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Encyclopedia of Cleveland History

CLEVELAND PHILHARMONIC ORCHESTRA

CLEVELAND PHILHARMONIC ORCHESTRA

The CLEVELAND PHILHARMONIC ORCHESTRA became a source of fine music for Clevelanders while fulfilling its primary purpose as a means by which area musicians gained valuable concert experience. The orchestra was founded in 1938 by 3 Cleveland musicians: bass clarinetist Alfred Zetzer, oboist Robt. Zupnik, and cellist Irving Klein. They approached Dr. F. KARL GROSSMAN, a professor at Western Reserve Univ., with a proposal to conduct an orchestra in which they could acquire concert experience that would better prepare them for professional careers. After hearing just one rehearsal, Grossman accepted their offer and became the orchestra's first conductor and director, a position he filled through the Cleveland Philharmonic's first 25 seasons. Other directors included Robt. Marcellus, Jose Serebrier, Zoltan Rozsnyai, Geo. Cleve, and Wm. Slocum. The orchestra's 65 musicians perform on a voluntary basis, the only salaried members being the director and concertmaster. Financial support comes from private and corporate donations, including grants from the Ohio Arts Council, AMERICAN GREETINGS, and A. G. Edwards. In the past the orchestra has been active in presenting concerts for specific ethnic groups in the Cleveland area, including celebrations of Czechoslovakian Independence Day and Dr. Martin Luther King, Jr., Day. In 1973 the orchestra began sponsoring the Frieda Schumacher Young Artists Competition, in which the winners were invited to appear as soloists with the orchestra. As orchestra in residence at CUYAHOGA COMMUNITY COLLEGE since the 1970s, the Cleveland Philharmonic has performed on the school's Metro and Western campuses as well as at other locales in the community. The orchestra's regular season includes 5 concerts, plus the annual Martin Luther King performance.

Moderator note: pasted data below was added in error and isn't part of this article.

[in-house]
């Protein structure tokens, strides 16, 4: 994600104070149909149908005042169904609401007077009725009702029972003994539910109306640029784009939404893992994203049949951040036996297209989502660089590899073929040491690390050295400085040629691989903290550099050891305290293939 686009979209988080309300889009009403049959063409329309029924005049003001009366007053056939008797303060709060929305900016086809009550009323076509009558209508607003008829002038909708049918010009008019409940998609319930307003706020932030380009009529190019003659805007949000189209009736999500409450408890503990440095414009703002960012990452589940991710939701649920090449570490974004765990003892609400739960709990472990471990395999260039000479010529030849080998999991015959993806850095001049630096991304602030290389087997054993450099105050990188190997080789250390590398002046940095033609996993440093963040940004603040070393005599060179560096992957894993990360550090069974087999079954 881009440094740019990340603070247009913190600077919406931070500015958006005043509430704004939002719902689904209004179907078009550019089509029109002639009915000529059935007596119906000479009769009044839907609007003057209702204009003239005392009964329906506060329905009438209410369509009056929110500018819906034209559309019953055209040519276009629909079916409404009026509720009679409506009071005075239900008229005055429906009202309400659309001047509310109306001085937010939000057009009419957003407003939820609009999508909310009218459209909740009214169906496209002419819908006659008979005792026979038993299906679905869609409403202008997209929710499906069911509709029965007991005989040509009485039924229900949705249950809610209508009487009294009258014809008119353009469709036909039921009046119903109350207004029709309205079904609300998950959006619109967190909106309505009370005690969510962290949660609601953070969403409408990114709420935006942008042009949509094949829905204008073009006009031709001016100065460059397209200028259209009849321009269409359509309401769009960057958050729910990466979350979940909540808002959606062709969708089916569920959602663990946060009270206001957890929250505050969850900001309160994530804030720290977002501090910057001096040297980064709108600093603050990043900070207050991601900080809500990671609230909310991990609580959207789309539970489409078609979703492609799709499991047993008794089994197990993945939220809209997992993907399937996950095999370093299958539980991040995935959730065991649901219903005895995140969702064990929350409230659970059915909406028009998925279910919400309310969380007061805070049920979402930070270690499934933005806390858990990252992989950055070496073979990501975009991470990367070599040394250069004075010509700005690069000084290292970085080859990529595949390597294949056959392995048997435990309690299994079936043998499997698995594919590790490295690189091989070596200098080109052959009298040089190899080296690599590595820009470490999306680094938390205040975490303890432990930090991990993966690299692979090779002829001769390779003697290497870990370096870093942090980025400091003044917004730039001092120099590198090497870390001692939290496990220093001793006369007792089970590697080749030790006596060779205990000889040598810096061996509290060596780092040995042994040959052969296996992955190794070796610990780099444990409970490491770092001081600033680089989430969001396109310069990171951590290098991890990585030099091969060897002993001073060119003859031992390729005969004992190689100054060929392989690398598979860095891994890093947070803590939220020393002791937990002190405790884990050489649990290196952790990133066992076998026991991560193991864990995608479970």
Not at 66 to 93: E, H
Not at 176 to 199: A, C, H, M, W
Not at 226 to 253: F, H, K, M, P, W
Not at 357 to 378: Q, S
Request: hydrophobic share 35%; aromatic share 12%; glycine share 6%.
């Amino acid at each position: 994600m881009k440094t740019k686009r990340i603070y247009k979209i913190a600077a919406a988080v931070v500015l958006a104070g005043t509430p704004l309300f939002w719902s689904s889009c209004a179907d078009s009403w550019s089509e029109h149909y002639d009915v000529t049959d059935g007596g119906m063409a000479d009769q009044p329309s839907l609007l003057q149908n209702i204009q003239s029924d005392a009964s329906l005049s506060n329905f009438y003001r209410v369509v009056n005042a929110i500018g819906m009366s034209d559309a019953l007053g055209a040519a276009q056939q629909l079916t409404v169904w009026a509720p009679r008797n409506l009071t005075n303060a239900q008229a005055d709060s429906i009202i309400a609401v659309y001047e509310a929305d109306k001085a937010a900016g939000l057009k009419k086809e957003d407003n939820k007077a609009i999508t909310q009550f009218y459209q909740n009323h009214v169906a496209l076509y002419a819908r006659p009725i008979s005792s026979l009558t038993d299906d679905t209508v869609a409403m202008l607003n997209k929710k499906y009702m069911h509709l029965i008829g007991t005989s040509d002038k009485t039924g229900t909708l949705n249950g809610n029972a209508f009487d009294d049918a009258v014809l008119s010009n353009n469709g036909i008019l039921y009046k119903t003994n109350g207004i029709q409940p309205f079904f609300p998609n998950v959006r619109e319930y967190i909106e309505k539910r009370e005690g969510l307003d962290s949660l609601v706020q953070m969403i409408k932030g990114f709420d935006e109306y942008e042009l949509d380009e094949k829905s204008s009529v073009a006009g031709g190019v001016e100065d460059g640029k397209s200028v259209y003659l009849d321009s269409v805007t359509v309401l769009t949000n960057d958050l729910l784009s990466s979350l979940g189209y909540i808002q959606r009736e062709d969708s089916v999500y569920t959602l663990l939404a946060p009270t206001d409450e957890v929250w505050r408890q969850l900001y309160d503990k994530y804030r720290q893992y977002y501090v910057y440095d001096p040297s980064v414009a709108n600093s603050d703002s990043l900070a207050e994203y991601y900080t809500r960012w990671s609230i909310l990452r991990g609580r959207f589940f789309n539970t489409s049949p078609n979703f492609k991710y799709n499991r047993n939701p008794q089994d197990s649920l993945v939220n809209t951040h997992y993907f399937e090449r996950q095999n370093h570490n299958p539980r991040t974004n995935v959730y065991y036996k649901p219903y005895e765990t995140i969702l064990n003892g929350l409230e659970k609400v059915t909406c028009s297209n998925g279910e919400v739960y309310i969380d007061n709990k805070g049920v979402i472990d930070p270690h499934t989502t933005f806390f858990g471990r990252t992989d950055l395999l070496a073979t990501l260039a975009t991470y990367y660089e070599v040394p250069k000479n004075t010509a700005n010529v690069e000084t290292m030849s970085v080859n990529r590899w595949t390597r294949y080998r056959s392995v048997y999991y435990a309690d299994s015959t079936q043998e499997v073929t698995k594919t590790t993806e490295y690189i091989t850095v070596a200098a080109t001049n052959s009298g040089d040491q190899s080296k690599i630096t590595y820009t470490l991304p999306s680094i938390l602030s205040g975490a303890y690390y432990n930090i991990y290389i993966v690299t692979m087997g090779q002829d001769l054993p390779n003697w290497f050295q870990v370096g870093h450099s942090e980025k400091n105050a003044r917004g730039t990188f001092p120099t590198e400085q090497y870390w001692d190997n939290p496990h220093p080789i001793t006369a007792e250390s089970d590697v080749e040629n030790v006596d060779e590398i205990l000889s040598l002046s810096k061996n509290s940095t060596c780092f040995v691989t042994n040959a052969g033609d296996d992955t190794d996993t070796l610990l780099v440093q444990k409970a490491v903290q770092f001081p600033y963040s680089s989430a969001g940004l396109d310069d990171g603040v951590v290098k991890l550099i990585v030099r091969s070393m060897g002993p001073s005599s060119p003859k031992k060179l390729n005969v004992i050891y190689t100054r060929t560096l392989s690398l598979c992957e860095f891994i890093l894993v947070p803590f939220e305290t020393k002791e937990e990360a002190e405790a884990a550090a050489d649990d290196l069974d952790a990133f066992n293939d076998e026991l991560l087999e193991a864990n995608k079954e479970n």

Cleveland Philharmonic Orchestra Records, WRHS.